At the start of her career, as she writes, Jones was flooded with comparisons to Joni Mitchell – though only on the surface of a high-voiced-blond-girl-singer-with-guitar. But since then she’s followed wherever her creative muse has taken her to rock, pop, R&B, avant garde and her beloved jazz music.
“No, it wasn’t a good career move because it confused the audience. Everybody likes to decide who someone is and put a frame around them and keep them that way,” she says. “So I have a diverse group of people who like different things that I do and may not like each other at all! But it gives some elbow room to have a more diverse career. I always knew that, and I was always drive to do what I had not done before.”
Among her other musical compadres was area boy (via Klein) Lyle Lovett, who opened for Jones on a 1990 tour of outdoor theaters early in his career. Her new manager from Texas had talked him up.
“Lyle was able to slip into this thing because people weren’t sure exactly what he was,” she says. “We did this photo session to make a poster for the tour and Lyle never smiled at all. So we got into a car and I don’t remember what I did, but he smiled—and that’s the picture we used! Him and his great big hair!”
Jones adds that by the end of the tour, Lovett had met director Robert Altman who would cast him in his film The Player, as well as future wife, actress Julia Roberts. “And by then was a big star!” Jones laughs. “So, you’re welcome, Lyle!”
But one relationship that Jones writes about in Last Chance Texaco is her years-long on again-off again intense and pyrrhic romance with fellow troubadour Tom Waits. And if Jones was—as Time magazine dubbed her—“The Duchess of Coolsville,” then the growly, ramshackle Waits was her Duke. The pair rolled around California in a world with equal residency in reality and fantasy, acting out scenarios from the Bohemians, Beats or a Charles Bukowski book.
“Now we were religions, we converted to each other, we inspired each other and we spoke in tongues,” she writes in the book. “We stayed in character for our entire romance and our characters were sometimes cruel and often selfish. We needed those characters to love from our ‘real’ selves, but maybe our real selves were too damaged to trust.”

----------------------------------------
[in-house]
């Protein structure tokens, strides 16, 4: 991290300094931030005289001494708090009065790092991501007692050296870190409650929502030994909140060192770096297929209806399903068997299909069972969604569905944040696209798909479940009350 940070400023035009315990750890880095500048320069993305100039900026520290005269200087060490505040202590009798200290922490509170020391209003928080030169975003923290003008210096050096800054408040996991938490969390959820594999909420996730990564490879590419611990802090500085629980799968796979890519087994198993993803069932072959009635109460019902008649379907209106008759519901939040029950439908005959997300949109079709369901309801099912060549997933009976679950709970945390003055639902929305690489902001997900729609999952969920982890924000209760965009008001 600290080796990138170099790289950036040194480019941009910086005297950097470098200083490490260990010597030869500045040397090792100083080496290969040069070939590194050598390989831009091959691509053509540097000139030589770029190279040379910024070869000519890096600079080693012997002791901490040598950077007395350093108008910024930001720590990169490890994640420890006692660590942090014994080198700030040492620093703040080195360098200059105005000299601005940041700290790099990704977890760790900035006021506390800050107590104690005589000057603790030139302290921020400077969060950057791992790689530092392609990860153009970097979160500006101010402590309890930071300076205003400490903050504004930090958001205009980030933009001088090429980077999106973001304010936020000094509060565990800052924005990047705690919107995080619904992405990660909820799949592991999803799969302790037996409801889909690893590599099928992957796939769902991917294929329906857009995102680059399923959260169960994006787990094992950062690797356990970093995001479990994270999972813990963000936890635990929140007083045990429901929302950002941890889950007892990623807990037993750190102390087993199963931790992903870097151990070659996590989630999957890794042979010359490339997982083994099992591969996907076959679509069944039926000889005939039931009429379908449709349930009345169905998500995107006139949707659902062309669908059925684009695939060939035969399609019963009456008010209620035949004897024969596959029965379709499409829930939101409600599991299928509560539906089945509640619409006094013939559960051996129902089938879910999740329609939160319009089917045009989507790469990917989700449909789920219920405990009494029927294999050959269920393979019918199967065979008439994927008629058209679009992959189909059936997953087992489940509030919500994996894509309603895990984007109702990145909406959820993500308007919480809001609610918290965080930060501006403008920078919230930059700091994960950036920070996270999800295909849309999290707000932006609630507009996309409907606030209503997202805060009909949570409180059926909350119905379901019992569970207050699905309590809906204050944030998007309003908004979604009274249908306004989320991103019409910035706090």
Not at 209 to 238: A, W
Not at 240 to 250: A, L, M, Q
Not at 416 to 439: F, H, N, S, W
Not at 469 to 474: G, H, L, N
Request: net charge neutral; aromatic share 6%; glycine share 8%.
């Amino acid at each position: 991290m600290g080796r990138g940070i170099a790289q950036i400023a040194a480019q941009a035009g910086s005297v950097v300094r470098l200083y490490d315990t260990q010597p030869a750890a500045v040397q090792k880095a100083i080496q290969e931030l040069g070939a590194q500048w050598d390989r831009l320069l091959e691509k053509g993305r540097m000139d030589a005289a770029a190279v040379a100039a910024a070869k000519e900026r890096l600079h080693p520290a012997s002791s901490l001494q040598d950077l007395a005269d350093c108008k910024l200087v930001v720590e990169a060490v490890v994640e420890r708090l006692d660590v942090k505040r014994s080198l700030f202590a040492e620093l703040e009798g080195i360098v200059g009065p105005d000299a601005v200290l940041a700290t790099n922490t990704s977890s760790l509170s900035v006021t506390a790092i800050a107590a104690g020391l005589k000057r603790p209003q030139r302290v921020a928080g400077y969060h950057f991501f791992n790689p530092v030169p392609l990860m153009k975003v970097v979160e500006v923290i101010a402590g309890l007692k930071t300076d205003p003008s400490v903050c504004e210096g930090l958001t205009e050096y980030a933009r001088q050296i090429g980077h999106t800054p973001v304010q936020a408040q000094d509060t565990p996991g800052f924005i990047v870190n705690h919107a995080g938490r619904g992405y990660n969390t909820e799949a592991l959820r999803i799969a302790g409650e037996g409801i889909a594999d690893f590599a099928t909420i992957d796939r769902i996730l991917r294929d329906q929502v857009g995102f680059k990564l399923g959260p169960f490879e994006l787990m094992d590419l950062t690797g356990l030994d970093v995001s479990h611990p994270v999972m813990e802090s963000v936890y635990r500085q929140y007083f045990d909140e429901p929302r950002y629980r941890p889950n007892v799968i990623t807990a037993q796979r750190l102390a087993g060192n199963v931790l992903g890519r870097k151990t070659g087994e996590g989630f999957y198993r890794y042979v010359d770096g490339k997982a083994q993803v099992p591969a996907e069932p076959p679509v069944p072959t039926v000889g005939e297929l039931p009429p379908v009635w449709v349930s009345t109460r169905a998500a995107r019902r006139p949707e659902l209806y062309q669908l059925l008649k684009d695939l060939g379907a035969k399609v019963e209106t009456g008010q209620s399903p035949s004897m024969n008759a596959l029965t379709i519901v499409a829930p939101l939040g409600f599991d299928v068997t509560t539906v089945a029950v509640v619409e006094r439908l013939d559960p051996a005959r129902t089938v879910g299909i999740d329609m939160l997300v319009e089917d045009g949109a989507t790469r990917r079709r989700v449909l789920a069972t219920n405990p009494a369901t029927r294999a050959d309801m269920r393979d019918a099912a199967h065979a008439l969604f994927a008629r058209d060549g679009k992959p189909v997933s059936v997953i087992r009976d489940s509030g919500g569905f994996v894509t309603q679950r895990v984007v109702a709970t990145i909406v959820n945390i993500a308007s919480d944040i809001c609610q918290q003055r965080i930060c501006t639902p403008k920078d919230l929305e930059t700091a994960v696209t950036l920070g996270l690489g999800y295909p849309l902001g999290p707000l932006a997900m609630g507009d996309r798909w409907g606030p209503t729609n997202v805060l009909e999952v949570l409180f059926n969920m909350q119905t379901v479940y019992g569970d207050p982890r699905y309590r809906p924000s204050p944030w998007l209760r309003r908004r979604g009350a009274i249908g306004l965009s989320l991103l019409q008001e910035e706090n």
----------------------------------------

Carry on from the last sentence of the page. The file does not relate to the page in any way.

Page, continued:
The final break came when Jones admitted to Waits that she had been secretly hiding a heroin addiction, but was ready to quit and asked for his help. Instead, she writes that seemed to get miffed and abruptly left for good. It took more time for Jones to get truly clean.
“We were that way from the time we got up in the morning. We had made those people, those characters to be, and we didn’t take them off,” she says now. “I really think that together we began to imagine becoming regular people like our parents. But I felt that he and I weren’t wholly developed people. We were figures from books or the past, characters.”
Finally, there was the death of songwriter/performer/and Waits’ top bro Chuck E. Weiss this past July from a longstanding battle with cancer. As the subject of Jones’ most famous song, Weiss has had an up and down relationship with the tune and Jones herself. She eulogized Weiss with a piece in the LA Times, though they hadn’t been close in a long time.
“A friend called to let me know that he was gravely ill, and I wrote a letter and sent it to him,” Jones says wistfully. “But he died before he got it.”
After the current tour ends, Jones says she has some projects in the fire, possibly springing from Last Chance Texaco as well as a potential separate theatrical production. “And who knows?” she laughs. “I might even do more shows from my living room!”